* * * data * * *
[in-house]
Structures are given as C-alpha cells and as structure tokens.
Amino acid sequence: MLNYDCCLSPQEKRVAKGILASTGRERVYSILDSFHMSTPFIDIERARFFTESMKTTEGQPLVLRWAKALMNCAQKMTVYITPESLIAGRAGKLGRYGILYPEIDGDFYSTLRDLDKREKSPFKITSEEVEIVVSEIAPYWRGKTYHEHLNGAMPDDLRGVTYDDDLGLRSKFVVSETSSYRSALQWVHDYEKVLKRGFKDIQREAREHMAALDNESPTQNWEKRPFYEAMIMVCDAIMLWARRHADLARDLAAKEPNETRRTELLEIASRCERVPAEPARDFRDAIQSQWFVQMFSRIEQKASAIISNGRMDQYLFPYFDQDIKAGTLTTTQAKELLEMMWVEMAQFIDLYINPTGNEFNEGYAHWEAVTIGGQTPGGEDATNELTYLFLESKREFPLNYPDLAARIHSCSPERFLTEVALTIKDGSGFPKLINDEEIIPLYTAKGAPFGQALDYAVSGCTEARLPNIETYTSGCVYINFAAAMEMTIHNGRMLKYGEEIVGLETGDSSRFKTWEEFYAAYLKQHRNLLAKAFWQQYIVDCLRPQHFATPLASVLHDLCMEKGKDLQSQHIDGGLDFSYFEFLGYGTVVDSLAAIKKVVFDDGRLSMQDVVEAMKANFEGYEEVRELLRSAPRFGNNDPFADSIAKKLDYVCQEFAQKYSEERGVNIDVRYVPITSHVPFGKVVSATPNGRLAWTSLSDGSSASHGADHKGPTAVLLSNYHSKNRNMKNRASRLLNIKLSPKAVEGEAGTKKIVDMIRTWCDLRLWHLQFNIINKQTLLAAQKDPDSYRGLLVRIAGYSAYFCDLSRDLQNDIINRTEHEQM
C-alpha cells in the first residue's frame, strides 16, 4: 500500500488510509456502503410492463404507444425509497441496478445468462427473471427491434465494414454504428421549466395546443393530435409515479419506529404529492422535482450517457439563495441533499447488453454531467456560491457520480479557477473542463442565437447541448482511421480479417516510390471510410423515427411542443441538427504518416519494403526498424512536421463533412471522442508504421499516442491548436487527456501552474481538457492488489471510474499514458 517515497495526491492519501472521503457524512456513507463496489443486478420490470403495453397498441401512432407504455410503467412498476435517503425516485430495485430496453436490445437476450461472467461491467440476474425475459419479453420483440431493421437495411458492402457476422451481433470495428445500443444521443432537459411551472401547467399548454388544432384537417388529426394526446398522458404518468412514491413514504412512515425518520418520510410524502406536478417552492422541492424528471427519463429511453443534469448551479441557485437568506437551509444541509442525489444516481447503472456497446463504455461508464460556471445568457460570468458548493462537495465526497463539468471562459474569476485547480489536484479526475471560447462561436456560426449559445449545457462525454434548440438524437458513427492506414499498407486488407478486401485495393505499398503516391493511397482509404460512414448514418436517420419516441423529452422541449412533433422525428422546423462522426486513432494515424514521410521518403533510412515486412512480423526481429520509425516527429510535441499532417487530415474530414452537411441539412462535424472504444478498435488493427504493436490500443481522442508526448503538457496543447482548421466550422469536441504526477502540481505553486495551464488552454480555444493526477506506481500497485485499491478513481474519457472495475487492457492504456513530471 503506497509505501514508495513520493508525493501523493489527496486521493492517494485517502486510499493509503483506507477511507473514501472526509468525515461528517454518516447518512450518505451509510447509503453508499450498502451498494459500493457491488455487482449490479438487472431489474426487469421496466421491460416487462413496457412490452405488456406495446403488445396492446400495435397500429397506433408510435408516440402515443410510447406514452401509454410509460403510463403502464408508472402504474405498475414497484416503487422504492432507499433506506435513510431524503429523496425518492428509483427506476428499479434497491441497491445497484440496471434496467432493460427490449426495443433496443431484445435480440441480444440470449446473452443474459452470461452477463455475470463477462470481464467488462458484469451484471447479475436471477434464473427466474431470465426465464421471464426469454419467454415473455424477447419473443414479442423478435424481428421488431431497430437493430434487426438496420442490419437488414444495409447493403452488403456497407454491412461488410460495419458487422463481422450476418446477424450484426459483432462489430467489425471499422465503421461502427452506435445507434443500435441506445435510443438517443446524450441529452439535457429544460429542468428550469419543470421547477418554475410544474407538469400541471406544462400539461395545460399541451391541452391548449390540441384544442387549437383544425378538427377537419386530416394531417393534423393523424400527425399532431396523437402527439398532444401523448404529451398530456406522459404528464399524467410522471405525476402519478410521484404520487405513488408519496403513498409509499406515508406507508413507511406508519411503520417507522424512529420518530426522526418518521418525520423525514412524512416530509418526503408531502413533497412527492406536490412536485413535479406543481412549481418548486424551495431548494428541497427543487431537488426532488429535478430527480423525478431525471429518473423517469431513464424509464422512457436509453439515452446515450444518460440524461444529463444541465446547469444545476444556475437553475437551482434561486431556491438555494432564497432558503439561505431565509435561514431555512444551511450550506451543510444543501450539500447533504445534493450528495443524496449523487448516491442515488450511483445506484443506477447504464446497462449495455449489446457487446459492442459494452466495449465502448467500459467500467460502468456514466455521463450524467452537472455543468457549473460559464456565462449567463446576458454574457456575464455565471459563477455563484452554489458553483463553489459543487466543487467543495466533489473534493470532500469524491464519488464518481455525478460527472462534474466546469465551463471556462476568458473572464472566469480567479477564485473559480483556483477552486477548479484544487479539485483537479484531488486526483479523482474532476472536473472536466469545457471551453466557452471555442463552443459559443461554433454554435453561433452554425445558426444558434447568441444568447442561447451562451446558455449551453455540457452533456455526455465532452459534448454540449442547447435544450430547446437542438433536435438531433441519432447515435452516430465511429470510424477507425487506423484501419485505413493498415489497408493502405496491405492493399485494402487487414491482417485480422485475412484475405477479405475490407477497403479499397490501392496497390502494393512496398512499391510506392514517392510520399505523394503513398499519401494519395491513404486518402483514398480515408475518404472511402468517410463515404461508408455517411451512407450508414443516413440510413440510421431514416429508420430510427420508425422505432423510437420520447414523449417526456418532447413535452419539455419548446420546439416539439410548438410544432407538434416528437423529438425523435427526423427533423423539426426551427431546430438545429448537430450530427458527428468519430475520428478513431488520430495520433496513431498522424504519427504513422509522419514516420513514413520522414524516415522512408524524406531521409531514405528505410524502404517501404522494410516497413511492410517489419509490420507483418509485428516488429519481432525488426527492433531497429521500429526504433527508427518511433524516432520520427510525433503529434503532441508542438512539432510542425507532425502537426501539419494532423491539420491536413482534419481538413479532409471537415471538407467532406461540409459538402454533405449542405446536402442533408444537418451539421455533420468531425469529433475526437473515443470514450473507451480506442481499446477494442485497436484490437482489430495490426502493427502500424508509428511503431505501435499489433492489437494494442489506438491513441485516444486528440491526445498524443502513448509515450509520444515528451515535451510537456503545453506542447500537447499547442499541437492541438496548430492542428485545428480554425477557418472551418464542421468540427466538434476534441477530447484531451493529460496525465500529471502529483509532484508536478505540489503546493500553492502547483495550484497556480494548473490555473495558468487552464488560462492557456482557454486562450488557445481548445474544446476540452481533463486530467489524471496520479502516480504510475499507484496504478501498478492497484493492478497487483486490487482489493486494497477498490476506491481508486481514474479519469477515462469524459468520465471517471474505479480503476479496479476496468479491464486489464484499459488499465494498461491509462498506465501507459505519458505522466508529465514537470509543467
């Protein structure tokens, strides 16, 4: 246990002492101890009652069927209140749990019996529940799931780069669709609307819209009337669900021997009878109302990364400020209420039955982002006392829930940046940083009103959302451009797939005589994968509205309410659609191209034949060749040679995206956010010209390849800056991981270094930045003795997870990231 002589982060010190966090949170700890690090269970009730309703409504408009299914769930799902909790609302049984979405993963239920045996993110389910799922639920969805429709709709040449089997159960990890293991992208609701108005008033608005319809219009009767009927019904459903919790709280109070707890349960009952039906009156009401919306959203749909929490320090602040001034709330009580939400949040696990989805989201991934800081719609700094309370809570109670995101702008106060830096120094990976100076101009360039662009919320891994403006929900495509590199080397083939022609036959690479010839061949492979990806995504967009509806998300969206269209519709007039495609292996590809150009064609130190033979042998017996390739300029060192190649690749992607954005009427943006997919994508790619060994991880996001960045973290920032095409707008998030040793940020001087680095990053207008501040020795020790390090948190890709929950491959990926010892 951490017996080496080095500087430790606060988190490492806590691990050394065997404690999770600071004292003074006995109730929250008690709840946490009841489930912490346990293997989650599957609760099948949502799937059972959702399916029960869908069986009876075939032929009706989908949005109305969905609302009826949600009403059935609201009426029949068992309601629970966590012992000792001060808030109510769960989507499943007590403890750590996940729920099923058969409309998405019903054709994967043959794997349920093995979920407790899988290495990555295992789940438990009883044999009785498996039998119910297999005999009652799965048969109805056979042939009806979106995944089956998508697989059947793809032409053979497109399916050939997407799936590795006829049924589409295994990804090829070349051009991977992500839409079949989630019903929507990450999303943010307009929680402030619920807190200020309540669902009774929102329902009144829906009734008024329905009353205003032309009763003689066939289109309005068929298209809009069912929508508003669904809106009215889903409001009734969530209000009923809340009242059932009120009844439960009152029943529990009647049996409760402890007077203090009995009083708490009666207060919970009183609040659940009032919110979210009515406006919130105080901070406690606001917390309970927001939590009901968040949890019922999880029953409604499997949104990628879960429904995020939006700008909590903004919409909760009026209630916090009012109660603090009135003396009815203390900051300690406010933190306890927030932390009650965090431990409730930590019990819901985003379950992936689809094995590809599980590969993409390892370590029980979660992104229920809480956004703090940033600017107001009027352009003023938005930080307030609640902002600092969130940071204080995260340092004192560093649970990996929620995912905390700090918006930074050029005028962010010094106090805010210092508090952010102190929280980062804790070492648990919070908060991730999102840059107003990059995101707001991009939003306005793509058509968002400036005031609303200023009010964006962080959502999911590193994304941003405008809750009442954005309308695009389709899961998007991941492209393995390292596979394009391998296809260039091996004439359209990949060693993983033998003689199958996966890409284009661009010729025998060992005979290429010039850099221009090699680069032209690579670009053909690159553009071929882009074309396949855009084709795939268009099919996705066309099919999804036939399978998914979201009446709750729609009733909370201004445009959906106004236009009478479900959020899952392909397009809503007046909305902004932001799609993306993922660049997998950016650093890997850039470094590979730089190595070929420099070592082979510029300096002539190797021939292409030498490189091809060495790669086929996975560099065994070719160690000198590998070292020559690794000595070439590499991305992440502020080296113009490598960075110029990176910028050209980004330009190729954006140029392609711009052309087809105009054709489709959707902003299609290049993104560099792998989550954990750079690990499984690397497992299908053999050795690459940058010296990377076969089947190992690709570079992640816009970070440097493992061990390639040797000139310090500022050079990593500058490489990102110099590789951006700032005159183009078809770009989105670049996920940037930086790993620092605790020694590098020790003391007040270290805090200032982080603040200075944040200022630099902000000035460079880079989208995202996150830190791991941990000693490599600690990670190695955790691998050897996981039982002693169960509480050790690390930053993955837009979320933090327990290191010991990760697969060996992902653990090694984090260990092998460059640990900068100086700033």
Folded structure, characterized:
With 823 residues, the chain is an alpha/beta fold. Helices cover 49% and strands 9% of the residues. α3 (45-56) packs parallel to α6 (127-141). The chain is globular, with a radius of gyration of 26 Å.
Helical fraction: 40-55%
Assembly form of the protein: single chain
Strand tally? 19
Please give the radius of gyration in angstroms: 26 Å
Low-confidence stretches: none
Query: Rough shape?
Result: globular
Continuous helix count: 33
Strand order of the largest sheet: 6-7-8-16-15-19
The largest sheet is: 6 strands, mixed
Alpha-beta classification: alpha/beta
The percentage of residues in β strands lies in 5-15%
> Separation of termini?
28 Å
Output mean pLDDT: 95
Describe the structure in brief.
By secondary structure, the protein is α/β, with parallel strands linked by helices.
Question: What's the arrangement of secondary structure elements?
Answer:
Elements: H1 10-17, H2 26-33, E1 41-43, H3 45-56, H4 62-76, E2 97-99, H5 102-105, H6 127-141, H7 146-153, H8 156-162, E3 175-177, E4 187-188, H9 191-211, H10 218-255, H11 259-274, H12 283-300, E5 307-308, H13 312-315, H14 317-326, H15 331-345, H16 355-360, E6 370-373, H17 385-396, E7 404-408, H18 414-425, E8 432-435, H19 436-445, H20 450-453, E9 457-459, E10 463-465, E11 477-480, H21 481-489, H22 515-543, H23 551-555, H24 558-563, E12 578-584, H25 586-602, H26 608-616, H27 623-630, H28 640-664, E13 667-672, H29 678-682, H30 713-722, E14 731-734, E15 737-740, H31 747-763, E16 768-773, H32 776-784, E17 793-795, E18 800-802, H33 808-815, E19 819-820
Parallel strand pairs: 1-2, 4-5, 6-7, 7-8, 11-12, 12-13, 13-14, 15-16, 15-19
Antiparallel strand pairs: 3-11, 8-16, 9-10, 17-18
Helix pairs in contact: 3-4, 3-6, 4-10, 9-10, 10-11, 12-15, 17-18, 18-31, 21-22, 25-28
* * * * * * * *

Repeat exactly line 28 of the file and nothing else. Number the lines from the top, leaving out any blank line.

Parallel strand pairs: 1-2, 4-5, 6-7, 7-8, 11-12, 12-13, 13-14, 15-16, 15-19